Yesterday, the Supreme Court issued its opinion in the final outstanding habeas case this term, Wood v. Milyard. And it was another habeas win!
The Court (via Ginsburg) held that, while a circuit court can sua sponte raise the statute of limitations defense, the court can only do that when the State forfeited the claim in the district court (i.e. failed to preserve) and only then in exceptional circumstances. It cannot be raised sua sponte when the State affirmatively waives the claim.
That's not the best holding that could have happened (best=statute of limitations cannot be raised sua sponte in any situation), but it's still pretty good. In particular, the Court seems to give "exceptional circumstances" a pretty restrictive meaning. So it's not as if the circuit courts have carte blanche to go around sua sponte'ing the statute of limitations everywhere. And in Wood's particular case, the Court concluded that the circuit court abused its discretion in raising the defense sua sponte since the State waived it in the district court. Nice little win.
And the decision was (mostly) unanimous. At least unanimous in result. Thomas concurred (joined by Scalia). These two Justices, furthest to the right, would have gone even further than the majority and held that the defense cannot be raised sua sponte at all -- even when it was forfeited. Thomas offers a very literal reading of the rules and says that they prevent the defense from being raised sua sponte. That's pretty consistent with his judicial philosophy generally -- elevating text above all else. At least he's (ostensibly) consistent.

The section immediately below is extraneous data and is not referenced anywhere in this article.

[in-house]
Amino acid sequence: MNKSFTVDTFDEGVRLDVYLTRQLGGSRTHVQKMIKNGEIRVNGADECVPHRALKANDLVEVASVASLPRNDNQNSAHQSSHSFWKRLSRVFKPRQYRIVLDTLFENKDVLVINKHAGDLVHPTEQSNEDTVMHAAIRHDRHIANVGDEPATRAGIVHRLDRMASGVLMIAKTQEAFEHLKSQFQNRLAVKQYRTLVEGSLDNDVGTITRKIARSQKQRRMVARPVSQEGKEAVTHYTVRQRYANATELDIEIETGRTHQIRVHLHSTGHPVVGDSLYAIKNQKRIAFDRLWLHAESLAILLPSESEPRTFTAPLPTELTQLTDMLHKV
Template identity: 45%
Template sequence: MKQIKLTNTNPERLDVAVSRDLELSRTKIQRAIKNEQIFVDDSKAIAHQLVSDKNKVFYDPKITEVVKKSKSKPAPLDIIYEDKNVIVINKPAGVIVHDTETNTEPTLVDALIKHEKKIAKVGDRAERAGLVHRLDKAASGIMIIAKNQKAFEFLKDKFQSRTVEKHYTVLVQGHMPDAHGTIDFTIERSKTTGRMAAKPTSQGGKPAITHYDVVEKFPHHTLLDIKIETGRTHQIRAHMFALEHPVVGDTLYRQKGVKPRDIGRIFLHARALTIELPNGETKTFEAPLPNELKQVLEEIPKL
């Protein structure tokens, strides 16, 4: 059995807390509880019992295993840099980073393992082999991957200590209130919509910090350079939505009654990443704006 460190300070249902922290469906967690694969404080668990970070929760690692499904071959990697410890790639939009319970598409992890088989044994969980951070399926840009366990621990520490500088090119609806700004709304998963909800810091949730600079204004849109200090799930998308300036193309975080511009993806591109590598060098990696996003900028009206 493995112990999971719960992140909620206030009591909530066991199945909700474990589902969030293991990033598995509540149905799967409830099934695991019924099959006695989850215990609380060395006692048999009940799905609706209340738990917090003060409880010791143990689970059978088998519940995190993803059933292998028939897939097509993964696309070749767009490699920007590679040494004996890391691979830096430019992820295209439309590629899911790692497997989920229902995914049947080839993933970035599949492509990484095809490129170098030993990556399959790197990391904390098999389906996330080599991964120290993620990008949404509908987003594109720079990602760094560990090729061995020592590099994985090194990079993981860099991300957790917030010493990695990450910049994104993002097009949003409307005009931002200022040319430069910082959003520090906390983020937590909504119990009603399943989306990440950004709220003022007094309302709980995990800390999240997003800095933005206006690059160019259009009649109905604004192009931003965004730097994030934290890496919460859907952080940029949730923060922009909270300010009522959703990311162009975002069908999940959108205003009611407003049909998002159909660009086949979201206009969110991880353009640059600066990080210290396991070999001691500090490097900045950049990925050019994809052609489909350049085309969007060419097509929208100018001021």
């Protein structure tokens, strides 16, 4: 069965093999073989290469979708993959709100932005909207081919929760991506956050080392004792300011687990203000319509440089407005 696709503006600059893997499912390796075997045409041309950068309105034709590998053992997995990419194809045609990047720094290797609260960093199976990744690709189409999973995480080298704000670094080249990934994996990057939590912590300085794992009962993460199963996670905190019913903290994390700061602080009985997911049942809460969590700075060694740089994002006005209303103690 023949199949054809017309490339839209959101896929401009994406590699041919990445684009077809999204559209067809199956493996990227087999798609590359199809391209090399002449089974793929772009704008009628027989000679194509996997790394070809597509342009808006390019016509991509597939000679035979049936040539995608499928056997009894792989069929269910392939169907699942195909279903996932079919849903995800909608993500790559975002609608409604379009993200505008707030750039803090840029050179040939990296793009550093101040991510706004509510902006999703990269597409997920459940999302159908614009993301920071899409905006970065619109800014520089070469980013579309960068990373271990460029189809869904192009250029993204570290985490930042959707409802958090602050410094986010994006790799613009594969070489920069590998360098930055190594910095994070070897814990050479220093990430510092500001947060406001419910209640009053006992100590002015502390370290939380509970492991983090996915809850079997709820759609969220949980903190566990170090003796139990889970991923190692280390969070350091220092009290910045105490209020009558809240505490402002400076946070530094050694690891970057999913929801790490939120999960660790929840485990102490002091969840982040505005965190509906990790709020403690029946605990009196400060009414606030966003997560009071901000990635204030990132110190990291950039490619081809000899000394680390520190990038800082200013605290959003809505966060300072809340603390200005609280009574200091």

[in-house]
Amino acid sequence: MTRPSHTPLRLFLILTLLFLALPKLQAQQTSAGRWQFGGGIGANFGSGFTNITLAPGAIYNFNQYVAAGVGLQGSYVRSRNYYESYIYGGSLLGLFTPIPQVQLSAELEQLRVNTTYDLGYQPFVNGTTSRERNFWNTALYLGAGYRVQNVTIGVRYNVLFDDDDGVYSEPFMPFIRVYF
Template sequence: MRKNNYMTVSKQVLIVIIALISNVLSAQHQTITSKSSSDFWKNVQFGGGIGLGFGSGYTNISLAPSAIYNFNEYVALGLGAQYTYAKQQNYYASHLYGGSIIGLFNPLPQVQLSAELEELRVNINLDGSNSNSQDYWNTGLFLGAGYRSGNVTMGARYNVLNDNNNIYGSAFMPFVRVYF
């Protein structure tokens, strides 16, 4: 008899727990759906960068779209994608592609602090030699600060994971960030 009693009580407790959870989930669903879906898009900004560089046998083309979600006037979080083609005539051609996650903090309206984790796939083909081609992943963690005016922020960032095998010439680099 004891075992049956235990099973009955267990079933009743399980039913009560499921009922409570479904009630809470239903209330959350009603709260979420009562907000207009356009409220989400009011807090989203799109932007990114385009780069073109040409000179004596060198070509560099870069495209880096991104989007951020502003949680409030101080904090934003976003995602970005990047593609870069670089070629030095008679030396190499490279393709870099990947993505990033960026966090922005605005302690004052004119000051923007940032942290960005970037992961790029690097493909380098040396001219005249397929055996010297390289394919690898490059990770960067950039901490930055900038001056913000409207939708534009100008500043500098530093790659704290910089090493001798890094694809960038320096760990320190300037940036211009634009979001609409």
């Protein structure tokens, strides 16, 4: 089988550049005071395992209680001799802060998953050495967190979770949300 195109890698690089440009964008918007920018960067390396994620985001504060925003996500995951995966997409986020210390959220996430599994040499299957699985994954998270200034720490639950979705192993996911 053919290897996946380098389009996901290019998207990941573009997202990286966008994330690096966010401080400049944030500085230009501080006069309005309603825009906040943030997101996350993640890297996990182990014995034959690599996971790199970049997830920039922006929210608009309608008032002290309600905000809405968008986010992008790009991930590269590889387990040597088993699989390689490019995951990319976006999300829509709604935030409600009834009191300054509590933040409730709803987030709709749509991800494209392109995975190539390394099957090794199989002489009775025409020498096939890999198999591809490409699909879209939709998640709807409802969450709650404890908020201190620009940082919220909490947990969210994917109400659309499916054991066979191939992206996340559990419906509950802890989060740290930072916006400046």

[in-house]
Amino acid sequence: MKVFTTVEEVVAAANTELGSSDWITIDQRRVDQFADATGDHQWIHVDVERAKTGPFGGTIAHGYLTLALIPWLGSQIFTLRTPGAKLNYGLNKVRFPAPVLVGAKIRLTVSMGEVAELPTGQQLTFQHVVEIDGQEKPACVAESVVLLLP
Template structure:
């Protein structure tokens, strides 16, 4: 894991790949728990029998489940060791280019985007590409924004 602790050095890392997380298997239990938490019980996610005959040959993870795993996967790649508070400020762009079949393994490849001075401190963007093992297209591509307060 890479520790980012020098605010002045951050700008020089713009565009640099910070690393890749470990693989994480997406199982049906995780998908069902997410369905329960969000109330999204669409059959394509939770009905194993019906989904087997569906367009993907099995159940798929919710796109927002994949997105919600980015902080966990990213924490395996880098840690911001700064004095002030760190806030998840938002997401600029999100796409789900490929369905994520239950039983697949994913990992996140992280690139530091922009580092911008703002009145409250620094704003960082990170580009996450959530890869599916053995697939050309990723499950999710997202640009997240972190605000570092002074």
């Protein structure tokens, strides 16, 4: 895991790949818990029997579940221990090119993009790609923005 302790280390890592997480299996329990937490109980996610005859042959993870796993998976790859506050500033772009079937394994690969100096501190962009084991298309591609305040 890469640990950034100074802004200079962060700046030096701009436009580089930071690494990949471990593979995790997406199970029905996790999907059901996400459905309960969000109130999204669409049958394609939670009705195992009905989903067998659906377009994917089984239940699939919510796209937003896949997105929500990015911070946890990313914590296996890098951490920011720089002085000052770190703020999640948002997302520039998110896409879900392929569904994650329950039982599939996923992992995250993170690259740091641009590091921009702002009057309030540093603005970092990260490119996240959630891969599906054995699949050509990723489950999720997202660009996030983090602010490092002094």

But it's funny. Someone mentioned this to me today -- the rules are typically the rules unless they are being applied to habeas cases. Then all bets are usually off. The holding here is a good example. As Ginsburg mentioned in her main opinion, there is no way that a circuit court would be allowed to get away with raising a defense sua sponte in a civil case. But habeas is different. The Court felt pretty comfortable carving out an exception to that rule in a habeas case. Because habeas is different.
But even with that, it still counts as a habeas victory. By my count, that's four habeas victories (including a habeas grant!) this term. There was Maples (excusing a procedural default when counsel essentially dropped the ball), then Martinez (excusing a procedural default based on IAC in a collateral proceeding), then Lafler (IAC in plea negotiations - the habeas grant), and now Wood. And even though there were several big losses (Greene comes immediately to mind), that's still a pretty good term in habeas, especially compared to the last term (which I view as potentially the absolute nadir in the history of habeas law -- at least post-AEDPA).
I have yet to put up a post about Lafler. I am thinking that it's probably going to have a pretty big impact, so I hope to share my thoughts on that one at some point soon.